Indeed, the core of Preventable, and what I believe will be its lasting contribution, is how and why countries responded to COVID-19 differently. Rich countries did not necessarily handle the pandemic better than poor ones, showing that something else is at work besides money. The specifics are complex, which is why the book exceeds 400 pages.

Sridhars framework is essentially political. [W]ith the right politics and leadership, much of the suffering and death [from COVID-19] was largely preventable, she writes. It is worth looking more closely at the initial policy successes of some countries and failures of others, as detailed in Preventable.

South Korea. South Koreas response to COVID-19 was informed by its recent experiences with another virus: MERS (Middle East respiratory syndrome) in 2015. That experience did not go well: South Korea had the largest outbreak outside of the Middle East. As a result of MERS, South Korea put policies and planning in place for pandemics that proved critical when COVID-19 hit.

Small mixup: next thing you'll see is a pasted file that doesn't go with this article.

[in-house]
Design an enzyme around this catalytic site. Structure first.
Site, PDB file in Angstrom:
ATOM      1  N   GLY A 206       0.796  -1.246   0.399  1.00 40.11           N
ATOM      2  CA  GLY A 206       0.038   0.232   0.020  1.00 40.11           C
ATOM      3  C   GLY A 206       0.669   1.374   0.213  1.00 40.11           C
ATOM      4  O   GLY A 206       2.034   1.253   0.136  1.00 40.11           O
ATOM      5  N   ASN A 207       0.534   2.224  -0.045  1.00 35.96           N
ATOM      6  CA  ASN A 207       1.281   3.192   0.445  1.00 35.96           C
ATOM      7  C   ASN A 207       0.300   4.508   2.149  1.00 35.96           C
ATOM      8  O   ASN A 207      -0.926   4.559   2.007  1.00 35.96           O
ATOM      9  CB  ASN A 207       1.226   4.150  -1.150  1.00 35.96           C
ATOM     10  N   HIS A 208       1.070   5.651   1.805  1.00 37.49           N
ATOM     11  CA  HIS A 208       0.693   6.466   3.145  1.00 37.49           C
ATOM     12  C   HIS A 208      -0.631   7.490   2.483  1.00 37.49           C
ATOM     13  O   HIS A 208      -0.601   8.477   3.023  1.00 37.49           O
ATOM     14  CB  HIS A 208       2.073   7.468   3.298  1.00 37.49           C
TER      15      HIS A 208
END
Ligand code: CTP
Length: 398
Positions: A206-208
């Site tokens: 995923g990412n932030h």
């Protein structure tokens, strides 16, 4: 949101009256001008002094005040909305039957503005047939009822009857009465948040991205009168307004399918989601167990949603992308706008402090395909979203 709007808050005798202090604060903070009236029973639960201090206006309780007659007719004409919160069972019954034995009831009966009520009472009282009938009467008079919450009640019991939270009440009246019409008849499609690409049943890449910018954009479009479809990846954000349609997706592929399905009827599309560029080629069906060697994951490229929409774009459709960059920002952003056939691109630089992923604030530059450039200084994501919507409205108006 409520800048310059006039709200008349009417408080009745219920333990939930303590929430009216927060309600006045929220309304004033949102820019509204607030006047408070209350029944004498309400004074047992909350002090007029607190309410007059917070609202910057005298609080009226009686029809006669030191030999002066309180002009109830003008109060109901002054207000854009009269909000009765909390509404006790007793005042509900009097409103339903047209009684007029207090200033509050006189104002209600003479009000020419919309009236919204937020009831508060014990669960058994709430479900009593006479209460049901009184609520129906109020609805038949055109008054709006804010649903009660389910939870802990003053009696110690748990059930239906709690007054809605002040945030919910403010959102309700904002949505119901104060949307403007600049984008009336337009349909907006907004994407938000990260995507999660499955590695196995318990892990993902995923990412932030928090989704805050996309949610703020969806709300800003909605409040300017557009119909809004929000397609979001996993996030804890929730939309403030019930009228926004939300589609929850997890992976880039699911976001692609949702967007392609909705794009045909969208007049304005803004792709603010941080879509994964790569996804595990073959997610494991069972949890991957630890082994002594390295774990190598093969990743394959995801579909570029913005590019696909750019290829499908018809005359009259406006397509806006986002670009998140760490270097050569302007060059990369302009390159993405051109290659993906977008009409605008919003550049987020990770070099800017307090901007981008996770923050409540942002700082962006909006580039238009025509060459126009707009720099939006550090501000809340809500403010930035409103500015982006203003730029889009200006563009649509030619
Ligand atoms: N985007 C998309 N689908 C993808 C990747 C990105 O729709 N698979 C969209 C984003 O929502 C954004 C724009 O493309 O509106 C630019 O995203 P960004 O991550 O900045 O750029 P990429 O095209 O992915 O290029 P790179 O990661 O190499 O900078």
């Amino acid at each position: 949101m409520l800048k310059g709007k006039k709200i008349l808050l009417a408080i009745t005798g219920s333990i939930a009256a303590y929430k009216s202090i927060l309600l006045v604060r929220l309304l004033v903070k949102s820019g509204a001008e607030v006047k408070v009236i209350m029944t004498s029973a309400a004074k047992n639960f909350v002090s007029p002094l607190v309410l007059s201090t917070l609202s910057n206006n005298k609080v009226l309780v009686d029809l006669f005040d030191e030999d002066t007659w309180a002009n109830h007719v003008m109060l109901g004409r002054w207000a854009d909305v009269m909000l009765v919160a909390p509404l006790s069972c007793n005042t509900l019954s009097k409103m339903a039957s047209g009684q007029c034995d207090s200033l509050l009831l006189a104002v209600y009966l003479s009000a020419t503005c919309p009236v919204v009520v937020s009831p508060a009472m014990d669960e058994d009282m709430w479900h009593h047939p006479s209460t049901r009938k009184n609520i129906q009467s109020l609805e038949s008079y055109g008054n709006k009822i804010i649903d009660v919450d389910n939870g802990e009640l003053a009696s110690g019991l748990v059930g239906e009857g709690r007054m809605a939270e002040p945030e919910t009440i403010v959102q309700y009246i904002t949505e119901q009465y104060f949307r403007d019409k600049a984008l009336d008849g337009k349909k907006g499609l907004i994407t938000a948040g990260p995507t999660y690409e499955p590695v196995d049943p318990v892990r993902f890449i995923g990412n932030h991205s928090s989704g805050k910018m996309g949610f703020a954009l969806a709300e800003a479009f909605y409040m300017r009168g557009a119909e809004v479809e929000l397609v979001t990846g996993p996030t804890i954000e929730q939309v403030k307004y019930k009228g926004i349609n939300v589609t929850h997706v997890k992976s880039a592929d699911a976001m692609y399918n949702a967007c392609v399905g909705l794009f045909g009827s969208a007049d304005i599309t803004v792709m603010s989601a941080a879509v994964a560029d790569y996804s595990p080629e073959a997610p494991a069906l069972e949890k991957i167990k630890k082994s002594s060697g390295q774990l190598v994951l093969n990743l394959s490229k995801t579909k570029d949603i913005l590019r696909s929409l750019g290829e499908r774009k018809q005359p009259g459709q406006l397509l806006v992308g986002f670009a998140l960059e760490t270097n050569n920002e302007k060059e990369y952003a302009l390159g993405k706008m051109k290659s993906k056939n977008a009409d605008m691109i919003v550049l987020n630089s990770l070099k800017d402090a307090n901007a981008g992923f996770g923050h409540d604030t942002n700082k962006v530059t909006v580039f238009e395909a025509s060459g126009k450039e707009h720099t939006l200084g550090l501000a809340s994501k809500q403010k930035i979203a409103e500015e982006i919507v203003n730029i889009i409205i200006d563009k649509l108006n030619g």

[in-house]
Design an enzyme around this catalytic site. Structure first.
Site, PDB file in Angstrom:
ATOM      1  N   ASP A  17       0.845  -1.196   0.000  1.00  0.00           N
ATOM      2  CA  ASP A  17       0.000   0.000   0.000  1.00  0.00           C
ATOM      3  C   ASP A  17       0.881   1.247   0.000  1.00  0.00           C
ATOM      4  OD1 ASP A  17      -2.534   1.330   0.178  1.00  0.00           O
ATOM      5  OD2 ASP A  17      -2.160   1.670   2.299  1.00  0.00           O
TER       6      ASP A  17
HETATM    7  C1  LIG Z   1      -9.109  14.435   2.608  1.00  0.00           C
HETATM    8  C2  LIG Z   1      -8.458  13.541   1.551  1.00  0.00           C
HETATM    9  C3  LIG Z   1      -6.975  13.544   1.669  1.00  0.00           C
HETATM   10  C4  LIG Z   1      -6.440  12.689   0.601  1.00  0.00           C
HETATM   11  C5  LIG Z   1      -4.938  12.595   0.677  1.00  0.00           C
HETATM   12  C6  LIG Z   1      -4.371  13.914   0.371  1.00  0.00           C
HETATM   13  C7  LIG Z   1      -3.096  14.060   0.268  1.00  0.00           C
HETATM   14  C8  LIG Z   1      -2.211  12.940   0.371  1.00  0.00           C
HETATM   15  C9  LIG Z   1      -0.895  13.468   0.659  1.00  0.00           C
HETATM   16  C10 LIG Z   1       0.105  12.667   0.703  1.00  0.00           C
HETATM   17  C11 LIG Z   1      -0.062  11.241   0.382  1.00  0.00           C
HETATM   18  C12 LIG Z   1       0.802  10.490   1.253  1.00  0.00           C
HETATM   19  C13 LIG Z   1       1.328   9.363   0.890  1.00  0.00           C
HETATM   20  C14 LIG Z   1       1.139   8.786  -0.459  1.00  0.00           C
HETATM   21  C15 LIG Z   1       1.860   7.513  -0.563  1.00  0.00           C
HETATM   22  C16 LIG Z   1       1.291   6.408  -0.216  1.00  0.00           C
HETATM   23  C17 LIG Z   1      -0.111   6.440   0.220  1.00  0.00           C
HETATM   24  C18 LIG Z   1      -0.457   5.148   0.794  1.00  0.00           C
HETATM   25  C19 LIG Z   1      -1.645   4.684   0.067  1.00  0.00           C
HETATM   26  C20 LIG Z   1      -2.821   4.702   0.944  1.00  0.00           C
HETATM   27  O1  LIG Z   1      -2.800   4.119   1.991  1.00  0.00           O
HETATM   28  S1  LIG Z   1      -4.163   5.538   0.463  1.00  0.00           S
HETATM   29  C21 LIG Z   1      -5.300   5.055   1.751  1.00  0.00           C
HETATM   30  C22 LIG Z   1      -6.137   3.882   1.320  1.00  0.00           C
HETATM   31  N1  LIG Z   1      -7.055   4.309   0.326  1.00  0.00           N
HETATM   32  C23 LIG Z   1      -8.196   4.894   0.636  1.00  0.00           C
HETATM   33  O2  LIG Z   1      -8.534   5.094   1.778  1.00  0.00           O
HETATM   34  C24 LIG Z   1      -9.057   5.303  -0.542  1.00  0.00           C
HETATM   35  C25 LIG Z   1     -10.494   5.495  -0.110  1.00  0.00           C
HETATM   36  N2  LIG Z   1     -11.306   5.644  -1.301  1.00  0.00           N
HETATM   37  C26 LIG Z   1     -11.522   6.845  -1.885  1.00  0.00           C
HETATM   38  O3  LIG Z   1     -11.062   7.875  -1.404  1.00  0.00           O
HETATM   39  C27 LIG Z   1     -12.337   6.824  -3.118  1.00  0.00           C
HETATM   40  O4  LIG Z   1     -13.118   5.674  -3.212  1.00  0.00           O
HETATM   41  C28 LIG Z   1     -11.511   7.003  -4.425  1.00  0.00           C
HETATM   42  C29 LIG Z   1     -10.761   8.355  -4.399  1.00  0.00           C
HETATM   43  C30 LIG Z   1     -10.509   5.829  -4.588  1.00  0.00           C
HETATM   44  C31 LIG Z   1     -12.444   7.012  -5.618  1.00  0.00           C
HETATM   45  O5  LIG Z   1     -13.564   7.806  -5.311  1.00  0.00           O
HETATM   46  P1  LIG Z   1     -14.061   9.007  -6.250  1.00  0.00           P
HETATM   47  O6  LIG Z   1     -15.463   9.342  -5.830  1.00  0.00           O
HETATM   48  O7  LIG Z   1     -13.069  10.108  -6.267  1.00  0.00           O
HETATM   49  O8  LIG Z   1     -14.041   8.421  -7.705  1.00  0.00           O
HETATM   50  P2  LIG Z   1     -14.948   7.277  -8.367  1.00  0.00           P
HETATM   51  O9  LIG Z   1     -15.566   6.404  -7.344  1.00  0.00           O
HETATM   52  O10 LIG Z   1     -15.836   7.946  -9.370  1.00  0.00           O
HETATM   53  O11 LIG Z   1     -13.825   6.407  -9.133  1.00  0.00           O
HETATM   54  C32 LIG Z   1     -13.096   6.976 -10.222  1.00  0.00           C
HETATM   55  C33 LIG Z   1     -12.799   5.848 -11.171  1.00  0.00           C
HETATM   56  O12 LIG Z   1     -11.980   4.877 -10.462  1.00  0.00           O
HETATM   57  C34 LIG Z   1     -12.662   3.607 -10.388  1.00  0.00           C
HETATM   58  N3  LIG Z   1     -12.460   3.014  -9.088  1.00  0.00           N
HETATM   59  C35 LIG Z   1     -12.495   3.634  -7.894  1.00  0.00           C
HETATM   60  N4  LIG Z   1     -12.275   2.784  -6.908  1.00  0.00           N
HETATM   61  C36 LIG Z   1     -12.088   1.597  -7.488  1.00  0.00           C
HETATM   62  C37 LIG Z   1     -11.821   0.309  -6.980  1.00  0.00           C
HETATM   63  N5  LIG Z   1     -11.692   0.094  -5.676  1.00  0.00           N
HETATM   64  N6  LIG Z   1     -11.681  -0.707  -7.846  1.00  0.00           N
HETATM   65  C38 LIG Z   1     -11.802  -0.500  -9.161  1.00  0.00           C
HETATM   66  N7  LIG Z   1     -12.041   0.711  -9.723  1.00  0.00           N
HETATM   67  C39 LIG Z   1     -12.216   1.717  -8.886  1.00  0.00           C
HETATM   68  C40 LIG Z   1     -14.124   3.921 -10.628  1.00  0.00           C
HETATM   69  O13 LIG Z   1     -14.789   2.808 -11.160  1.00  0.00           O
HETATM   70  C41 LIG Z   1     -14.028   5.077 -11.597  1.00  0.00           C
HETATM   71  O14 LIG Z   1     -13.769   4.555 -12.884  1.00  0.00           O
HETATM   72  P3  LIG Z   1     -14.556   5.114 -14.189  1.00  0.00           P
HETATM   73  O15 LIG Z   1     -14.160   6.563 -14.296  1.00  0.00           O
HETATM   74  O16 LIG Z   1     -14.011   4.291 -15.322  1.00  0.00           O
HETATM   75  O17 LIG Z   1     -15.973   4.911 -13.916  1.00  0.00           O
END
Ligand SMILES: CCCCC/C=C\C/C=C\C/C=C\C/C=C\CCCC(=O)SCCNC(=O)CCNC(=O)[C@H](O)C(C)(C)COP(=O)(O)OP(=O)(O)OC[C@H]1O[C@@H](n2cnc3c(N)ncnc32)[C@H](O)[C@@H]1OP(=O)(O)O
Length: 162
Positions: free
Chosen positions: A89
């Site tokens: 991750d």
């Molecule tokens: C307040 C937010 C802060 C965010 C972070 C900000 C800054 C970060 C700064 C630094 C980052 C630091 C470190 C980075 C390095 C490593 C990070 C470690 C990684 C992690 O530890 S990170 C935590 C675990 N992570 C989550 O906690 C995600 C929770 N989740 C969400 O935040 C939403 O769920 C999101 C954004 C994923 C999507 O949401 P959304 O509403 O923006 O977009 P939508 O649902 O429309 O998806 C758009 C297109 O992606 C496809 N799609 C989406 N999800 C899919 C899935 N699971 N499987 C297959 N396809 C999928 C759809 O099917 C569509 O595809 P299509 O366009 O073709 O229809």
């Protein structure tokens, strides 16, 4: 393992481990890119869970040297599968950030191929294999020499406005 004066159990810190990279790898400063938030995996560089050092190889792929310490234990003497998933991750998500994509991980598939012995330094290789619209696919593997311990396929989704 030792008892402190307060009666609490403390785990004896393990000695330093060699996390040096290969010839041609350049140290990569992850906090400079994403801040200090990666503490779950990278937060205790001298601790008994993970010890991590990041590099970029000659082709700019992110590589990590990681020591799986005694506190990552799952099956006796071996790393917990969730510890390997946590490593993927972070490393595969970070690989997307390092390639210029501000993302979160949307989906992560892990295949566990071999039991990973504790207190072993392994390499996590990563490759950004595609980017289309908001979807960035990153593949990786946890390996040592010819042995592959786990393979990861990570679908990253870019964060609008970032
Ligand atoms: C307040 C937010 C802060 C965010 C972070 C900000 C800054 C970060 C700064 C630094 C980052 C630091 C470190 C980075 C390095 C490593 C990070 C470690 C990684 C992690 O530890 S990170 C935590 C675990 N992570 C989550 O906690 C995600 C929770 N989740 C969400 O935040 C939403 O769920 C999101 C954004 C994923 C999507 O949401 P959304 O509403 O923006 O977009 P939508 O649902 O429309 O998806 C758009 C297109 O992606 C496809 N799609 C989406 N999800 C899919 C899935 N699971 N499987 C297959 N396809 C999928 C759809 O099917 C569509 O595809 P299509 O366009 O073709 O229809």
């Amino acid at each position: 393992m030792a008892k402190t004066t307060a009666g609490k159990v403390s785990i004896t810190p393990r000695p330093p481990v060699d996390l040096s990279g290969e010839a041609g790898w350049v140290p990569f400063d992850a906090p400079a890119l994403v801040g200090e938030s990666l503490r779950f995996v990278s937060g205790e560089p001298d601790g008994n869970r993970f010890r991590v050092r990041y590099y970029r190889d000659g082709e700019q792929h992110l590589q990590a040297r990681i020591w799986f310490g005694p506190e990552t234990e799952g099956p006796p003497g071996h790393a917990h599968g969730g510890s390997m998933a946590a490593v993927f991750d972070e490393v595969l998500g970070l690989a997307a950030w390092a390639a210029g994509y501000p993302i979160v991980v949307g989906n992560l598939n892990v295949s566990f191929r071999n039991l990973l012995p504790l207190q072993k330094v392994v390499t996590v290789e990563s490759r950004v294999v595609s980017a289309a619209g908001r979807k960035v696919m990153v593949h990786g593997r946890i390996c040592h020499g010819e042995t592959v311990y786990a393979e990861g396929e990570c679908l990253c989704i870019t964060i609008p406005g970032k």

South Koreas plans did not rely on a national lockdown, and schools were largely kept open, though social distancing was deployed. Instead, Sridhar writes, the core of the South Korean response has been the test/trace/isolate system and by March 2020 it had the highest per capita test rate in the world with results back within twenty-four hours. In comparison, she notes, during this period the U.K. was only offering testing in hospitals.